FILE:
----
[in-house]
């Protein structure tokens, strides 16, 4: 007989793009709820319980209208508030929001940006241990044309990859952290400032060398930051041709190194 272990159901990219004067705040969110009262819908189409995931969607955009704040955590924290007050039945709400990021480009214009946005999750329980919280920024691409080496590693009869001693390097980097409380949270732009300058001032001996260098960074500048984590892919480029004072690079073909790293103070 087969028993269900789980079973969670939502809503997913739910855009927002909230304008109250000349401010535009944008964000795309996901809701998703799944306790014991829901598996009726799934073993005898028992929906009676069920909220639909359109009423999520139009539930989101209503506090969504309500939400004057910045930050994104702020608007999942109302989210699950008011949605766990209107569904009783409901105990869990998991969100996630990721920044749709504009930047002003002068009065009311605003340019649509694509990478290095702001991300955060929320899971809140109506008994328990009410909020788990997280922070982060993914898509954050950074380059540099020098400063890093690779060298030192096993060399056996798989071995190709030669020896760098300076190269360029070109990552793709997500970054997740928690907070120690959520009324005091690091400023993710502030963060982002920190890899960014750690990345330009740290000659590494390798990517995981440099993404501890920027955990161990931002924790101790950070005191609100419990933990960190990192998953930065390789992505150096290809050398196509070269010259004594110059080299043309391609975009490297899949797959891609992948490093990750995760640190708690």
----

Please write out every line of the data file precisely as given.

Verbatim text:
[in-house]
């Protein structure tokens, strides 16, 4: 007989793009709820319980209208508030929001940006241990044309990859952290400032060398930051041709190194 272990159901990219004067705040969110009262819908189409995931969607955009704040955590924290007050039945709400990021480009214009946005999750329980919280920024691409080496590693009869001693390097980097409380949270732009300058001032001996260098960074500048984590892919480029004072690079073909790293103070 087969028993269900789980079973969670939502809503997913739910855009927002909230304008109250000349401010535009944008964000795309996901809701998703799944306790014991829901598996009726799934073993005898028992929906009676069920909220639909359109009423999520139009539930989101209503506090969504309500939400004057910045930050994104702020608007999942109302989210699950008011949605766990209107569904009783409901105990869990998991969100996630990721920044749709504009930047002003002068009065009311605003340019649509694509990478290095702001991300955060929320899971809140109506008994328990009410909020788990997280922070982060993914898509954050950074380059540099020098400063890093690779060298030192096993060399056996798989071995190709030669020896760098300076190269360029070109990552793709997500970054997740928690907070120690959520009324005091690091400023993710502030963060982002920190890899960014750690990345330009740290000659590494390798990517995981440099993404501890920027955990161990931002924790101790950070005191609100419990933990960190990192998953930065390789992505150096290809050398196509070269010259004594110059080299043309391609975009490297899949797959891609992948490093990750995760640190708690």